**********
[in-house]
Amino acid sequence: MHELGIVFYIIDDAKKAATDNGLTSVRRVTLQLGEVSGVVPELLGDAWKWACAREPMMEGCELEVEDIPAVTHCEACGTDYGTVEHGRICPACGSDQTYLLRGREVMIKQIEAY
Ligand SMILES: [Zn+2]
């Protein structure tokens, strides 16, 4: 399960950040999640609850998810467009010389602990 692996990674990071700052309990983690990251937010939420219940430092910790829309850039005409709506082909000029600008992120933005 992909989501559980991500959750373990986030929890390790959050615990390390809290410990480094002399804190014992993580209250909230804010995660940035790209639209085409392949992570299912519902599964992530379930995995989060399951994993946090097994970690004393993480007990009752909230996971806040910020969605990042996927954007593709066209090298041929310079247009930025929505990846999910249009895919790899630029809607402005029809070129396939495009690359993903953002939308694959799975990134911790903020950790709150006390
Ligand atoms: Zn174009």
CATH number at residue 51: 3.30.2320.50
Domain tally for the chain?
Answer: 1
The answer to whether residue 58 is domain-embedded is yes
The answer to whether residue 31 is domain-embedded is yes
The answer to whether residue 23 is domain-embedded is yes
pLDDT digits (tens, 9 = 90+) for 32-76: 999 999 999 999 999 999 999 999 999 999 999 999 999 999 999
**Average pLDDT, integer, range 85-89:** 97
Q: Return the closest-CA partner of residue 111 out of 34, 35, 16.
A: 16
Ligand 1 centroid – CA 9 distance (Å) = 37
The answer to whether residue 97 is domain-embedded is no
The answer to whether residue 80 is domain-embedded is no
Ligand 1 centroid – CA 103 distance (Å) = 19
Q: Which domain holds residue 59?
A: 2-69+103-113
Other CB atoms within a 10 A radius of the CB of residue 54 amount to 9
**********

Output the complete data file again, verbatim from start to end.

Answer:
[in-house]
Amino acid sequence: MHELGIVFYIIDDAKKAATDNGLTSVRRVTLQLGEVSGVVPELLGDAWKWACAREPMMEGCELEVEDIPAVTHCEACGTDYGTVEHGRICPACGSDQTYLLRGREVMIKQIEAY
Ligand SMILES: [Zn+2]
């Protein structure tokens, strides 16, 4: 399960950040999640609850998810467009010389602990 692996990674990071700052309990983690990251937010939420219940430092910790829309850039005409709506082909000029600008992120933005 992909989501559980991500959750373990986030929890390790959050615990390390809290410990480094002399804190014992993580209250909230804010995660940035790209639209085409392949992570299912519902599964992530379930995995989060399951994993946090097994970690004393993480007990009752909230996971806040910020969605990042996927954007593709066209090298041929310079247009930025929505990846999910249009895919790899630029809607402005029809070129396939495009690359993903953002939308694959799975990134911790903020950790709150006390
Ligand atoms: Zn174009």
CATH number at residue 51: 3.30.2320.50
Domain tally for the chain?
Answer: 1
The answer to whether residue 58 is domain-embedded is yes
The answer to whether residue 31 is domain-embedded is yes
The answer to whether residue 23 is domain-embedded is yes
pLDDT digits (tens, 9 = 90+) for 32-76: 999 999 999 999 999 999 999 999 999 999 999 999 999 999 999
**Average pLDDT, integer, range 85-89:** 97
Q: Return the closest-CA partner of residue 111 out of 34, 35, 16.
A: 16
Ligand 1 centroid – CA 9 distance (Å) = 37
The answer to whether residue 97 is domain-embedded is no
The answer to whether residue 80 is domain-embedded is no
Ligand 1 centroid – CA 103 distance (Å) = 19
Q: Which domain holds residue 59?
A: 2-69+103-113
Other CB atoms within a 10 A radius of the CB of residue 54 amount to 9